Those who attended 30 Year or Cudgel may remember some remarkably tasty snow being served. Yda van Boulogne provides the recipe for this dessert.
- shaved ice
- sekanjabin syrup of your choice
Put shaved ice in bowl. Top with syrup. Enjoy!
Ingredients (by volume):
- 1.5 cup sugar (or honey if you want to be more accurate)
- 1 cup water
- 0.5 cup apple cider vinegar (~ to taste)
- a good helping of mint
Bring water to boil, add sugar and stir till dissolved. Keep at rolling boil point for 10 minutes and then take it of the fire.
Add cider vinegar (technically to taste, IIRC 1/2 cup was a good amount). Add mint & let steep for a few hours, ideally 1-2 days in the fridge.
Serve over shaved ice, or mixed with water, or dip some lettuce in it.
(you’re on your own for quantities, I kinda invented this one on site)
- sugar (less sugar than in above recipe as the molasses are sweet by themselves)
- pomegranate molasses (check your local turkish shop)
- cider vinegar
Bring water to boil, add sugar & molasses. Keep at boiling point for about10 minutes and add the molasses. Add cider vinegar to taste.
Serve like above, but maybe not try the lettuce.
Recipes for Sekanjabin can be found in the Andalusian cookbook, and more references can be found in Arab sources. I’m not aware of an explicit recipe for mint Sekanjabin in period but it is a popular version in modern day Iran.
Syrup of Simple Sikanjabîn
Andalusian p. A-74
Take a ratl of strong vinegar and mix it with two ratls of sugar, and cook all this until it takes the form of a syrup. Drink an ûqiya of this with three of hot water when fasting: it is beneficial for fevers of jaundice, and calms jaundice and cuts the thirst, since sikanjabîn syrup is beneficial in phlegmatic fevers: make it with six ûqiyas of sour vinegar for a ratl of honey and it is admirable.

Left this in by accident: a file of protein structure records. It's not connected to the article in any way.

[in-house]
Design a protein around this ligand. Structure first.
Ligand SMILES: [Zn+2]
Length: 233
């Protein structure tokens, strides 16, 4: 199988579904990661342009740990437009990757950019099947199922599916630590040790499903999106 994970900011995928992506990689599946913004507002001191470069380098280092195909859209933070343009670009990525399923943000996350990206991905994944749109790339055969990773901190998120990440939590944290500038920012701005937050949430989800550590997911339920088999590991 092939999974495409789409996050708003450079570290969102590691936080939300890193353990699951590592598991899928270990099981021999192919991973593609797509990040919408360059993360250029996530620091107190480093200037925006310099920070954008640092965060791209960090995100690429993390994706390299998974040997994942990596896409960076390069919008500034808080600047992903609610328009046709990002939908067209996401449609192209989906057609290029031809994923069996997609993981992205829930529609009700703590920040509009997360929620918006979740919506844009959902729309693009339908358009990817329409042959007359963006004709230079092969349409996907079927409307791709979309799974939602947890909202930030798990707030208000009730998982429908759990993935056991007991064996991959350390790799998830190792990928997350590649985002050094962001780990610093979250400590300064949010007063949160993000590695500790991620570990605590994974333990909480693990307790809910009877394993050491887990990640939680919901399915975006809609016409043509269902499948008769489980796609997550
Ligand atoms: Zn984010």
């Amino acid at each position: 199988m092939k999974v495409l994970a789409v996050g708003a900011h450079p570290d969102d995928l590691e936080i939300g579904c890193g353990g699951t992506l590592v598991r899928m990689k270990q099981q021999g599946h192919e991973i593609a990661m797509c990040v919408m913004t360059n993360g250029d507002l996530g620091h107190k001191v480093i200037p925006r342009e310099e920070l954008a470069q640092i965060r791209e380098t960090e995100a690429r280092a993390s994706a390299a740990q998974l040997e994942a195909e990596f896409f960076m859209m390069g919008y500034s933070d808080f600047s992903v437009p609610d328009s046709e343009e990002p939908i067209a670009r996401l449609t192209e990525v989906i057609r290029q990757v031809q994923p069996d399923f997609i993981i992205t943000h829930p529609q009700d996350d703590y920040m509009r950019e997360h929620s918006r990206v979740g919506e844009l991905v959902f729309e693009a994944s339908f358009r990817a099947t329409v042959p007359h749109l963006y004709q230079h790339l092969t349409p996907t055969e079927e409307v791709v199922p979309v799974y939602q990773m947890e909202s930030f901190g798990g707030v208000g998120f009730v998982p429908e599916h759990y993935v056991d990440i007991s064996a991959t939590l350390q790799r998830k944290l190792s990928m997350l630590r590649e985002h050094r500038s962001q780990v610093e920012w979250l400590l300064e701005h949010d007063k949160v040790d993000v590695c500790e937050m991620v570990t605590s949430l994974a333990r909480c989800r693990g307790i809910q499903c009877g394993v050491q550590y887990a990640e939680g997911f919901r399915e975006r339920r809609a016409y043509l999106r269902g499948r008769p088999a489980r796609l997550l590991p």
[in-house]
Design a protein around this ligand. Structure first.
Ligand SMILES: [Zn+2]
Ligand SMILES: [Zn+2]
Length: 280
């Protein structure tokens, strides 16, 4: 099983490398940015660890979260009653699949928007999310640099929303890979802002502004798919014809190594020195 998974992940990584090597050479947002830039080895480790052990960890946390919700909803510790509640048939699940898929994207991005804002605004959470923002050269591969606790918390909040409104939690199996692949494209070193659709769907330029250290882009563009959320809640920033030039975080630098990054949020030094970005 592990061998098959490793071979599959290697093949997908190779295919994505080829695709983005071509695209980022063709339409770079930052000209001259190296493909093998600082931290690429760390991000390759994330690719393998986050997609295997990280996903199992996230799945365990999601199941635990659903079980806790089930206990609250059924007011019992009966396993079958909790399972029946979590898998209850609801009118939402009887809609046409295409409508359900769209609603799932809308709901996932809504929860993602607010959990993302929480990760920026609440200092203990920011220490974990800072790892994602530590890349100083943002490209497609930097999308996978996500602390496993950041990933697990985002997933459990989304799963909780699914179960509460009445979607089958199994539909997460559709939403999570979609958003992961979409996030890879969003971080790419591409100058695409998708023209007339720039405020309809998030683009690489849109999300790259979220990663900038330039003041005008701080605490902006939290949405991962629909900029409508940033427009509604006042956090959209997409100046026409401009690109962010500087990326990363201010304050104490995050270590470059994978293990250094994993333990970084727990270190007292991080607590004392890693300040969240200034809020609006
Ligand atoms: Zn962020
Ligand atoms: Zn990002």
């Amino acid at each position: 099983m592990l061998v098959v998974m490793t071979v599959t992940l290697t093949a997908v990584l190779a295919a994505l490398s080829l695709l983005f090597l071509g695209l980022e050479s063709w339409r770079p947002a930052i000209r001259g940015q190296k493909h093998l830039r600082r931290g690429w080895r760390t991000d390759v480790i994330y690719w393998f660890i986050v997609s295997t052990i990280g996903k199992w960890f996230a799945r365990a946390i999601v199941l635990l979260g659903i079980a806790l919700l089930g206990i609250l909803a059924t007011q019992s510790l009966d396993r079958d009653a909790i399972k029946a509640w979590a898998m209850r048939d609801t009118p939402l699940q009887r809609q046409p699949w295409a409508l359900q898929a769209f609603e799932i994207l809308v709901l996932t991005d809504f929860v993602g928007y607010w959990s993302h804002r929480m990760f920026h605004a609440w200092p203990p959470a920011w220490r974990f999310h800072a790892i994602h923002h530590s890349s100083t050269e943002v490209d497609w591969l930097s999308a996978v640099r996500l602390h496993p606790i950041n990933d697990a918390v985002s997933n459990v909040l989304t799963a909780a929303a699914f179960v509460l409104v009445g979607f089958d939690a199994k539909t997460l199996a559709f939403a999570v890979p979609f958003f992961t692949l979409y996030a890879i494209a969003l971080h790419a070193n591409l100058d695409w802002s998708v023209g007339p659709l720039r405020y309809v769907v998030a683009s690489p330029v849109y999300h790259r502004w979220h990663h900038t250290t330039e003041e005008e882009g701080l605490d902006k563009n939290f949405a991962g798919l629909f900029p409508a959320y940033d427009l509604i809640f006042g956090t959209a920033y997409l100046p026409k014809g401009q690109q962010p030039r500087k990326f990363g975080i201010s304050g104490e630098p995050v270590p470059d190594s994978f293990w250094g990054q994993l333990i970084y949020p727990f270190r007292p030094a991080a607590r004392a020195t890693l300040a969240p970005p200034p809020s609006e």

The Pomegranate Sekanjabin occurs in a similar recipe in the Andalusian cookbook:
Syrup of Pomegranates
Andalusian p. A-74
Take a ratl of sour pomegranates and another of sweet pomegranates, and add their juice to two ratls of sugar, cook all this until it takes the consistency of syrup, and keep until needed. Its benefits: it is useful for fevers, and cuts the thirst, it benefits bilious fevers and lightens the body gently.
(Actual recipe texts copied from Cariadoc’s Miscellany)
The syrups where used to flavour sharbat, sweet snow, in the medieval arab world. Ice would be gotten from mountains and/or kept in ice houses. Ice houses in Iran are assumed to go back to at least 400BCE.